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Asian farmers are sucking the continent dry, says report
Reuters ^ | Thursday, August 26, 2004 | Andrew Cawthorne

Posted on 08/30/2004 7:04:51 AM PDT by Einigkeit_Recht_Freiheit

LONDON — Asian farmers drilling millions of pump-operated wells in an ever-deeper search for water are threatening to suck the continent's underground reserves dry, a science magazine warned Wednesday.

"This little-heralded crisis is repeating itself across Asia and could cause widespread famine in the decades to come," London-based New Scientist said in a report on scientists' findings at a recent water conference in Sweden.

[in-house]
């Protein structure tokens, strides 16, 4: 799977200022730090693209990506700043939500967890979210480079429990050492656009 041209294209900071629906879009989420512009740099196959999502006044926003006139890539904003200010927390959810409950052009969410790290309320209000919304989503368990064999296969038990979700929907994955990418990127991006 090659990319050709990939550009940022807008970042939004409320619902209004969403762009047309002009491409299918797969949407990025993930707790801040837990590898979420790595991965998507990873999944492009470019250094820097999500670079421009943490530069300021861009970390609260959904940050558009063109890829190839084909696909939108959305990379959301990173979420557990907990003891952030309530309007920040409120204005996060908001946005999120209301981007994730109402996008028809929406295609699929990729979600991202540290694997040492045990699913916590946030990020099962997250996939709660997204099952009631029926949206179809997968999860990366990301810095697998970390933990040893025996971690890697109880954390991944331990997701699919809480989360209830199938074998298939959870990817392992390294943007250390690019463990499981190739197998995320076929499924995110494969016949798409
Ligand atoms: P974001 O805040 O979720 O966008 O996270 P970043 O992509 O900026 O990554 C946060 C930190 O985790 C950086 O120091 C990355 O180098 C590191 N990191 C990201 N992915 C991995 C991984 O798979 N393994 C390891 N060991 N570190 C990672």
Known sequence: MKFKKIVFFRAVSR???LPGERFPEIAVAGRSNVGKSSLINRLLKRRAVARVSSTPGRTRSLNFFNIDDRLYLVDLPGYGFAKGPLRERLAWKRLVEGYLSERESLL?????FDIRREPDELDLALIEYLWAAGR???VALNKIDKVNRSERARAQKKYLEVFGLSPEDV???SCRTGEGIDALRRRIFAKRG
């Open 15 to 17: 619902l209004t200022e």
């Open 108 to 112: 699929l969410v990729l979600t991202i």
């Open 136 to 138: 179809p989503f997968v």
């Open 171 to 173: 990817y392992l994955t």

The worst affected country is India. There, small farmers have abandoned traditional shallow wells where bullocks draw water in leather buckets to drill 21 million tube wells hundreds of yards below the surface using technology adapted from the oil industry, the magazine said.

Another million wells a year are coming into operation in India to irrigate rice, sugar cane, and alfalfa round-the-clock.

While the $600 pumps have brought short-term prosperity to many and helped make India a major rice exporter in less than a generation, future implications are dire, New Scientist said.

"So much water is being drawn from underground reserves that they, and the pumps they feed, are running dry, turning fields that have been fecund for generations into desert," it said.

Tushaar Shah, head of the International Water Management Institute's groundwater station in Gujarat, said there was no control over the expansion of pumps and wells.